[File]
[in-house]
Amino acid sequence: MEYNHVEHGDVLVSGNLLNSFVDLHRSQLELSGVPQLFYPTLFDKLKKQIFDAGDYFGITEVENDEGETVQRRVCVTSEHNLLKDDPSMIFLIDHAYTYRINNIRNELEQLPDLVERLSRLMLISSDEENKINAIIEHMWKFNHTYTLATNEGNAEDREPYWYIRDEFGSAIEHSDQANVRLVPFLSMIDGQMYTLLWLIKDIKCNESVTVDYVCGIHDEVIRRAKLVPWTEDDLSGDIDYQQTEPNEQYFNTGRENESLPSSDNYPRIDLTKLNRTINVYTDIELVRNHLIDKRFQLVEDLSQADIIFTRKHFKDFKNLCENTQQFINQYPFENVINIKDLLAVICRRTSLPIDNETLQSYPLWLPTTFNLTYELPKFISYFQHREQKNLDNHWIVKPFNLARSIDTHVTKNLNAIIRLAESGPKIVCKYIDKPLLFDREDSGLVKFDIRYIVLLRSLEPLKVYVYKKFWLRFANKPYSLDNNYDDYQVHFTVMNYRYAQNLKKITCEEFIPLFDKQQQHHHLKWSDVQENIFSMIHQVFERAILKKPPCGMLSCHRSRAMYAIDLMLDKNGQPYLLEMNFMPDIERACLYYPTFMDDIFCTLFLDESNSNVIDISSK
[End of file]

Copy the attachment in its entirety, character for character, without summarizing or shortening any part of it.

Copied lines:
[in-house]
Amino acid sequence: MEYNHVEHGDVLVSGNLLNSFVDLHRSQLELSGVPQLFYPTLFDKLKKQIFDAGDYFGITEVENDEGETVQRRVCVTSEHNLLKDDPSMIFLIDHAYTYRINNIRNELEQLPDLVERLSRLMLISSDEENKINAIIEHMWKFNHTYTLATNEGNAEDREPYWYIRDEFGSAIEHSDQANVRLVPFLSMIDGQMYTLLWLIKDIKCNESVTVDYVCGIHDEVIRRAKLVPWTEDDLSGDIDYQQTEPNEQYFNTGRENESLPSSDNYPRIDLTKLNRTINVYTDIELVRNHLIDKRFQLVEDLSQADIIFTRKHFKDFKNLCENTQQFINQYPFENVINIKDLLAVICRRTSLPIDNETLQSYPLWLPTTFNLTYELPKFISYFQHREQKNLDNHWIVKPFNLARSIDTHVTKNLNAIIRLAESGPKIVCKYIDKPLLFDREDSGLVKFDIRYIVLLRSLEPLKVYVYKKFWLRFANKPYSLDNNYDDYQVHFTVMNYRYAQNLKKITCEEFIPLFDKQQQHHHLKWSDVQENIFSMIHQVFERAILKKPPCGMLSCHRSRAMYAIDLMLDKNGQPYLLEMNFMPDIERACLYYPTFMDDIFCTLFLDESNSNVIDISSK